We all deserve to live in communities where we feel safe. And true community safety includes feeling safe from violence by the state, which includes the police. Achieving this vision requires centering values that promote human dignity to prevent harm, ensure equal justice, and focus on restoration, not punishment.
Across the nation, however, local print and television news headlines are filled with reports of crime and violence. Without nuance or context, headlines describing crime trends add oxygen to narratives that threaten to stimy political momentum and public support for criminal justice reform. We’ve seen this before. The Philadelphia Inquirer’s latest investigative report on the roots of systemic racism in America, “Lights. Camera. Crime,” details the rise of “infotainment” television news that stoked racist stereotypes about BIPOC communities and clouded audiences’ perception of decreasing crime rates throughout the ’90s.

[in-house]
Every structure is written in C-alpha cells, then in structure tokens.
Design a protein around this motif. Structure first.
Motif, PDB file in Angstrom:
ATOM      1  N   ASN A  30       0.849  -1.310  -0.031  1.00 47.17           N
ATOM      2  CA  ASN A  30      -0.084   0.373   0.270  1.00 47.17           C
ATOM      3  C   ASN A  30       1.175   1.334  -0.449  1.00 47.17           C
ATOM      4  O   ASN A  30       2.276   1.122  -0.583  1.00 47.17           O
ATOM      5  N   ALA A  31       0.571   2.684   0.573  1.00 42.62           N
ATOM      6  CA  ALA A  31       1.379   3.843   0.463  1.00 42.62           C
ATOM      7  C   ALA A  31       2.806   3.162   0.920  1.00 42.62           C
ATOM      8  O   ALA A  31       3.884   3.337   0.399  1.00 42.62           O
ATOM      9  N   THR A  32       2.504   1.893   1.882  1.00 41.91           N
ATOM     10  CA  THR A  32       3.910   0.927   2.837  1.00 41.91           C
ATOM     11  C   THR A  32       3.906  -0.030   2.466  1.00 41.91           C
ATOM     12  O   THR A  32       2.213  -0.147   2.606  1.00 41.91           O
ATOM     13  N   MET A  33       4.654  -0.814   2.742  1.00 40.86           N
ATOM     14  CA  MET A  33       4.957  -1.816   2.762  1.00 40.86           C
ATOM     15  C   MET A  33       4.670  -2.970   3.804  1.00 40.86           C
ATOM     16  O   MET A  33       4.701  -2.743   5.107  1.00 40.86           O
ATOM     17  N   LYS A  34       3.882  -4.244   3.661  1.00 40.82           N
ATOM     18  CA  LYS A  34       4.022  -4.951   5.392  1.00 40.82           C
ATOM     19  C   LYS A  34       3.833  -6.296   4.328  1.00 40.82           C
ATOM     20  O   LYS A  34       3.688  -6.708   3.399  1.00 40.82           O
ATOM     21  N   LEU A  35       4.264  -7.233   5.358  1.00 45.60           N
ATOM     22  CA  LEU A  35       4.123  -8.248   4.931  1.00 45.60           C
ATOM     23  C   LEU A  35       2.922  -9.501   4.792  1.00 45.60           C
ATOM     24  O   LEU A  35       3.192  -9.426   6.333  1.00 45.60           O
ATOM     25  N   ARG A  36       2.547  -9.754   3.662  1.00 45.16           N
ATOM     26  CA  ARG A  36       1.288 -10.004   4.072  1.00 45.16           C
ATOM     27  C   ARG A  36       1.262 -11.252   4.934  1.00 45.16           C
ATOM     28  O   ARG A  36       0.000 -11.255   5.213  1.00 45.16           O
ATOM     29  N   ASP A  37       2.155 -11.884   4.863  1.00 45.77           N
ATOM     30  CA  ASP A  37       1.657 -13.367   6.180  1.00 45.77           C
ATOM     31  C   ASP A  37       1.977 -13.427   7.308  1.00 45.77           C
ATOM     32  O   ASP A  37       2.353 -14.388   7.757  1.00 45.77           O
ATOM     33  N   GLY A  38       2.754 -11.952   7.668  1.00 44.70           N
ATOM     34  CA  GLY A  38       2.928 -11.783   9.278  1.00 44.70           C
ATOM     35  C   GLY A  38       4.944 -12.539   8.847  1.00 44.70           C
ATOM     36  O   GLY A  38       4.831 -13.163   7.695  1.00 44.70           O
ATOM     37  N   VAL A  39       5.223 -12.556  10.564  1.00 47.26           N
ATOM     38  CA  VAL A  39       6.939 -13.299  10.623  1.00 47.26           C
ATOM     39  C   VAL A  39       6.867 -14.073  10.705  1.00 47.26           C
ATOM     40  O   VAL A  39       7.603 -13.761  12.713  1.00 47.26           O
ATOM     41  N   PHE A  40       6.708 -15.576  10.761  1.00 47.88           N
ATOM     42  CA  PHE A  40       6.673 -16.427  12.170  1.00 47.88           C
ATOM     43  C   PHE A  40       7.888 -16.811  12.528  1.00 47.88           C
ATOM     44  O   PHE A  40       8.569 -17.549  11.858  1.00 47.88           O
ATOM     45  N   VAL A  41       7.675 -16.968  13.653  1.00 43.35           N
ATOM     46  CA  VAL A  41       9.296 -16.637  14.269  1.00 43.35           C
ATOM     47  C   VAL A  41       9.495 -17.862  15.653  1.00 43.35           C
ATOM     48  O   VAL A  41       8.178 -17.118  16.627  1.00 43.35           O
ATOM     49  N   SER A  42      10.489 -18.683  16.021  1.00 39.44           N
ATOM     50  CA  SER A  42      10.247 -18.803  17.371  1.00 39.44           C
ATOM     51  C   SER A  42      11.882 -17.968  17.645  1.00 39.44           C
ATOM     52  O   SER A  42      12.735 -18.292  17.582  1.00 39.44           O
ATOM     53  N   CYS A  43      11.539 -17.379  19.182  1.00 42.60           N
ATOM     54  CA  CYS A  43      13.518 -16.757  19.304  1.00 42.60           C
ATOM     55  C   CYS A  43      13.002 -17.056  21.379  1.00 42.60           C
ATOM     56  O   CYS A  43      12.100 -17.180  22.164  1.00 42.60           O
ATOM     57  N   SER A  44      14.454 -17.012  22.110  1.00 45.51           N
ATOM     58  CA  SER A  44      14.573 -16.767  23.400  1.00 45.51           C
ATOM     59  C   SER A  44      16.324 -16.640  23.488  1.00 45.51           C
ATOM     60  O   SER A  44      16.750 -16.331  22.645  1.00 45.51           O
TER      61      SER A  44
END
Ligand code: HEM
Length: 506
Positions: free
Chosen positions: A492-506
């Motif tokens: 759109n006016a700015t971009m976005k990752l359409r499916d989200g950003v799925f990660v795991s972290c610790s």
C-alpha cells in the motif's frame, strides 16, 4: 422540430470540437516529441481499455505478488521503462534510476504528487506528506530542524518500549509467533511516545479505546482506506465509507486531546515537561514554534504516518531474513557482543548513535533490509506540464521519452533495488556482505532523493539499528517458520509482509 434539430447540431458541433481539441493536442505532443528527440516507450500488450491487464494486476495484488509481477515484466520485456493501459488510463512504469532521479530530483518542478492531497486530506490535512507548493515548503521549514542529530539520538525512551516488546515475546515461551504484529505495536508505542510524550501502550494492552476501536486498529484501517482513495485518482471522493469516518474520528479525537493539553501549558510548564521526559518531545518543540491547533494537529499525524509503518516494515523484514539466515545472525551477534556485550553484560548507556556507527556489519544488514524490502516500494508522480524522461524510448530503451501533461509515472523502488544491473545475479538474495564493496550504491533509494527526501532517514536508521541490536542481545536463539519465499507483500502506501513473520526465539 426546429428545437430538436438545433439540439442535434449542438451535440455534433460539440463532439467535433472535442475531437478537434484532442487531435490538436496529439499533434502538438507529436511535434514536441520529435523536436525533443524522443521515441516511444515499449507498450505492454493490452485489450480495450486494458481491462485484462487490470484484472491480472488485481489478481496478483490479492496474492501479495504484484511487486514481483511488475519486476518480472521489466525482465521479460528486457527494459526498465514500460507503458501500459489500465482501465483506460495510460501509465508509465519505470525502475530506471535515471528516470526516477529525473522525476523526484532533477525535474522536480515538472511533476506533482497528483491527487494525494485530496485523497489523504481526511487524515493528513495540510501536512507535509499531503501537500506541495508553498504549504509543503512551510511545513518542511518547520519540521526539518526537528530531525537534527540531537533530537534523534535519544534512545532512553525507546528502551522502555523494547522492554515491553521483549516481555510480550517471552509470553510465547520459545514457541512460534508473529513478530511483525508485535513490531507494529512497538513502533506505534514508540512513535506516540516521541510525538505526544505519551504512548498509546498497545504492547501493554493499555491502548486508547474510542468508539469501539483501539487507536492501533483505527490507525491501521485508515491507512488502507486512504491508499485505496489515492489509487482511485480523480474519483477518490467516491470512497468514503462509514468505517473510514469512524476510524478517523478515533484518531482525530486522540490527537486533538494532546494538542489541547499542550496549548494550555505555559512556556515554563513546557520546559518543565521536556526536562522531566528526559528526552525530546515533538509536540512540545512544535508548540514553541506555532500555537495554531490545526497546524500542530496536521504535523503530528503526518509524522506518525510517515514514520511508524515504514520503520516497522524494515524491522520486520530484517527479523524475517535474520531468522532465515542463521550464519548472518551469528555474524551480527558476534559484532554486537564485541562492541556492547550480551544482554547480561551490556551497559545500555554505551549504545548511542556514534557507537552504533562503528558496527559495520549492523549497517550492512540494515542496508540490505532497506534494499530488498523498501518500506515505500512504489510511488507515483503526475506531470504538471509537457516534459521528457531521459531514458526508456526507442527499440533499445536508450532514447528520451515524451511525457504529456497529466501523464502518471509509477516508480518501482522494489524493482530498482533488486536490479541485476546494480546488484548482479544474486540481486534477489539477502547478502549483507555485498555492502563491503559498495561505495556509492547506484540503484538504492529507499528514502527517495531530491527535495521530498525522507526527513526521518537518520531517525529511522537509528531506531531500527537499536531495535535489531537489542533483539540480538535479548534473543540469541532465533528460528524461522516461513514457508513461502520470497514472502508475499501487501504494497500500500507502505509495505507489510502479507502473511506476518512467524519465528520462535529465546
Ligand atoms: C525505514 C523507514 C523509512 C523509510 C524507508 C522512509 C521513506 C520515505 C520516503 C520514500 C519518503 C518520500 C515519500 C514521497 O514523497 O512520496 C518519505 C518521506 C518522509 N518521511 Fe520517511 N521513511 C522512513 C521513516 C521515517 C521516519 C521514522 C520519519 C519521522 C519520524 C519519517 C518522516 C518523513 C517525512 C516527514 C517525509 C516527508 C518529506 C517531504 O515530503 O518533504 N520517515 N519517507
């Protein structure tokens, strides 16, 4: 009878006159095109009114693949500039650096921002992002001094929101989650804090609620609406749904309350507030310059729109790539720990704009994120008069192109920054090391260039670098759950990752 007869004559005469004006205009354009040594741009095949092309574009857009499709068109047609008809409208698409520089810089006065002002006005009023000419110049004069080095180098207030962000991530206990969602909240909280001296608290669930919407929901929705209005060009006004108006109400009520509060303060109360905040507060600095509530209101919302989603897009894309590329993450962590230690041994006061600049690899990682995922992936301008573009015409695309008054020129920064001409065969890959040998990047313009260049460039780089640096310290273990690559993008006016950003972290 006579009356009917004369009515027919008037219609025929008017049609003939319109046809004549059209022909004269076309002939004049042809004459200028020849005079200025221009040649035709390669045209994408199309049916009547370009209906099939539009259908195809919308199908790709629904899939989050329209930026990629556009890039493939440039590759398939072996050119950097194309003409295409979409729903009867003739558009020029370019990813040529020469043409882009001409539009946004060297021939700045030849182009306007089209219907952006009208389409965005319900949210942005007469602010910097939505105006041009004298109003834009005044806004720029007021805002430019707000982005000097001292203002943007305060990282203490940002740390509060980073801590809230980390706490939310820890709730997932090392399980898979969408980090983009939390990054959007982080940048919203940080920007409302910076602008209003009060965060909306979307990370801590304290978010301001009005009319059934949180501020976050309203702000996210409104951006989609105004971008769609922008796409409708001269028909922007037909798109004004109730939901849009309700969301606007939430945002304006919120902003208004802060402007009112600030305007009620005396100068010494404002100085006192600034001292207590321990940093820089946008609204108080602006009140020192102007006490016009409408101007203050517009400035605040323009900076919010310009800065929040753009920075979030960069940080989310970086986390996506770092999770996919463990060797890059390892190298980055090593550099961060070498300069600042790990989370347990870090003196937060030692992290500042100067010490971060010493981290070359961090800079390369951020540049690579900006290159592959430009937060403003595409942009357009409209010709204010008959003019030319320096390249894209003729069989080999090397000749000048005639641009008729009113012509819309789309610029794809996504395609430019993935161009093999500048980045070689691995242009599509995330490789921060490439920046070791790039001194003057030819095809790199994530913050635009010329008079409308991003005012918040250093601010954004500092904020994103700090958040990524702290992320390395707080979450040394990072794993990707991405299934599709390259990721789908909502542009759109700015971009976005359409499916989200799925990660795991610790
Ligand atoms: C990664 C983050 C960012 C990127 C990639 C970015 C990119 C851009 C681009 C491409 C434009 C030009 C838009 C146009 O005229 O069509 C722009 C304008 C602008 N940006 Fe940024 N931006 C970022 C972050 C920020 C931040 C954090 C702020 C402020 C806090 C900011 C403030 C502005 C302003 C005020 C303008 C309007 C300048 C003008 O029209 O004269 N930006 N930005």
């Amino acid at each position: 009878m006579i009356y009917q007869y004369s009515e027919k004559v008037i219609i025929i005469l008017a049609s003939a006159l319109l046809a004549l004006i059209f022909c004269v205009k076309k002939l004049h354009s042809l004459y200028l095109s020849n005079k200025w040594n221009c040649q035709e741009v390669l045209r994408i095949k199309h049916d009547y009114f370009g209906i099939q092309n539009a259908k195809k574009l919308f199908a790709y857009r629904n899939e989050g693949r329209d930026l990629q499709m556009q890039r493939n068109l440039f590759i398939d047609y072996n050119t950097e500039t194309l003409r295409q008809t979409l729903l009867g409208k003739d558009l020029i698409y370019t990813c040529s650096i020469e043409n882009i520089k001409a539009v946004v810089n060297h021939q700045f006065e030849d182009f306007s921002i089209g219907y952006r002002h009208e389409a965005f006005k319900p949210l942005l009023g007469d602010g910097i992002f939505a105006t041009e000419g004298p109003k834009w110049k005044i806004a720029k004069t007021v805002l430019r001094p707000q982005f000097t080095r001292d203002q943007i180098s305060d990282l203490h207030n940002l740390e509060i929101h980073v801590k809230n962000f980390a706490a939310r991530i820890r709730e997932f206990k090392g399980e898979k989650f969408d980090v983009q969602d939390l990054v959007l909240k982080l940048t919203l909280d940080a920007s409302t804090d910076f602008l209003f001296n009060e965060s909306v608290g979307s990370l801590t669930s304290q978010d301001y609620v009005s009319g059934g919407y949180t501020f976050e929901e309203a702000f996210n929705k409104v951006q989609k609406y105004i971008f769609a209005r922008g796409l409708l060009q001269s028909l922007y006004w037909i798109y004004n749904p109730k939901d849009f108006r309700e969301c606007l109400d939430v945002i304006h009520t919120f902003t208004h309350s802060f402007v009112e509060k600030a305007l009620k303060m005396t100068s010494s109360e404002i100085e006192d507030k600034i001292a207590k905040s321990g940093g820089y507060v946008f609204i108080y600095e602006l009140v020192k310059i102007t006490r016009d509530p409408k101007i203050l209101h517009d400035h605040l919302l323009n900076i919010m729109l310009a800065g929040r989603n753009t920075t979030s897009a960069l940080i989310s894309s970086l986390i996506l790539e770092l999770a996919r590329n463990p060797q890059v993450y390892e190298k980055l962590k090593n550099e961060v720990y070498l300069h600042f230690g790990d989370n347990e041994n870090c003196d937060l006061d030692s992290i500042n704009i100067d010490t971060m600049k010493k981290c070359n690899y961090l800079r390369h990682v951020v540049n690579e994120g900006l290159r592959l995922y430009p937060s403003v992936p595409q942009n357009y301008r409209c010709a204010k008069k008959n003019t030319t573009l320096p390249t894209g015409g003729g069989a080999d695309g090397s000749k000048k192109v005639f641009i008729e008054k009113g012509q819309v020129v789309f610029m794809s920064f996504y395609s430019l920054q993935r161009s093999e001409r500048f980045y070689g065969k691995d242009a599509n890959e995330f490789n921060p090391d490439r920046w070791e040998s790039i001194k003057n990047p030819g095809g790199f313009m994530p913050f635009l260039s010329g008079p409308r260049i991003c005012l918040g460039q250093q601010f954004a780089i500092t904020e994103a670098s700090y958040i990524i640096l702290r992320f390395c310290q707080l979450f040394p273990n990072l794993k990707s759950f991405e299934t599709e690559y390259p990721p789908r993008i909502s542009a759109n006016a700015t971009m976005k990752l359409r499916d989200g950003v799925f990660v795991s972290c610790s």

To help you message the moment, we’ve updated our Criminal Justice Reform Phrase Guide. Our people-first language grids provide quick reference points for how to avoid dehumanizing labels that foster stigma and fear. Be sure to check out tip #2 for VPSA guidance to pivot away from dominant narratives and toward an affirmative story about how systemic reforms to our criminal legal system provide a roadmap toward true community safety.
- Criminal Justice Reform Phrase Guide (The Opportunity Agenda)
- Beyond Policing (The Opportunity Agenda)
- People First: Drop the Harmful Labels From Criminal Justice Reporting (fwd.us)
- Words Matter (The Fortune Society Reentry Education Project)
- Ten Lessons for Talking About Criminal Justice Issues (The Opportunity Agenda)
- The Language Project (The Marshall Project)
- LIGHTS. CAMERA. CRIME. How a Philly-born brand of TV news harmed Black America (A More Perfect Union by The Philadelphia Inquirer)